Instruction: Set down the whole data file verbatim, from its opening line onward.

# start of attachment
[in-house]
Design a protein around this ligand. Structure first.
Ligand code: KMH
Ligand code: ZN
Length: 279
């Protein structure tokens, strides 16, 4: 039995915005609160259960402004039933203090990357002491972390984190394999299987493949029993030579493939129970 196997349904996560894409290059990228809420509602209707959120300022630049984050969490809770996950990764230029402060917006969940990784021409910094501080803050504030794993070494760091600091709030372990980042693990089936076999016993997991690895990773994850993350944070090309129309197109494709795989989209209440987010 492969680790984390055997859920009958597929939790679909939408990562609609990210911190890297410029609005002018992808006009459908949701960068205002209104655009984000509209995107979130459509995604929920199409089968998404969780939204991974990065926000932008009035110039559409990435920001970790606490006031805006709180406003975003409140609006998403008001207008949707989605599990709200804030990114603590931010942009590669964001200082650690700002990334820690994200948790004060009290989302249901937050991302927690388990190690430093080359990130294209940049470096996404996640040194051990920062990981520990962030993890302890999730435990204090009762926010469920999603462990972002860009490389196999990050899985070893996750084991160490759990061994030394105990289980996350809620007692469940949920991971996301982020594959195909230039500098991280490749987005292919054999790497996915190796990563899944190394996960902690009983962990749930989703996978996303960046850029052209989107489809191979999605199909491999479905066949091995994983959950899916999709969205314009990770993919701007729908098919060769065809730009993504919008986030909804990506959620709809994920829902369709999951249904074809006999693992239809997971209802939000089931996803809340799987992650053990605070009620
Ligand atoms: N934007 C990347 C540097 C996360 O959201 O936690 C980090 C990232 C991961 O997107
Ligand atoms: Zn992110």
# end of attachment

[in-house]
Design a protein around this ligand. Structure first.
Ligand code: KMH
Ligand code: ZN
Length: 279
């Protein structure tokens, strides 16, 4: 039995915005609160259960402004039933203090990357002491972390984190394999299987493949029993030579493939129970 196997349904996560894409290059990228809420509602209707959120300022630049984050969490809770996950990764230029402060917006969940990784021409910094501080803050504030794993070494760091600091709030372990980042693990089936076999016993997991690895990773994850993350944070090309129309197109494709795989989209209440987010 492969680790984390055997859920009958597929939790679909939408990562609609990210911190890297410029609005002018992808006009459908949701960068205002209104655009984000509209995107979130459509995604929920199409089968998404969780939204991974990065926000932008009035110039559409990435920001970790606490006031805006709180406003975003409140609006998403008001207008949707989605599990709200804030990114603590931010942009590669964001200082650690700002990334820690994200948790004060009290989302249901937050991302927690388990190690430093080359990130294209940049470096996404996640040194051990920062990981520990962030993890302890999730435990204090009762926010469920999603462990972002860009490389196999990050899985070893996750084991160490759990061994030394105990289980996350809620007692469940949920991971996301982020594959195909230039500098991280490749987005292919054999790497996915190796990563899944190394996960902690009983962990749930989703996978996303960046850029052209989107489809191979999605199909491999479905066949091995994983959950899916999709969205314009990770993919701007729908098919060769065809730009993504919008986030909804990506959620709809994920829902369709999951249904074809006999693992239809997971209802939000089931996803809340799987992650053990605070009620
Ligand atoms: N934007 C990347 C540097 C996360 O959201 O936690 C980090 C990232 C991961 O997107
Ligand atoms: Zn992110």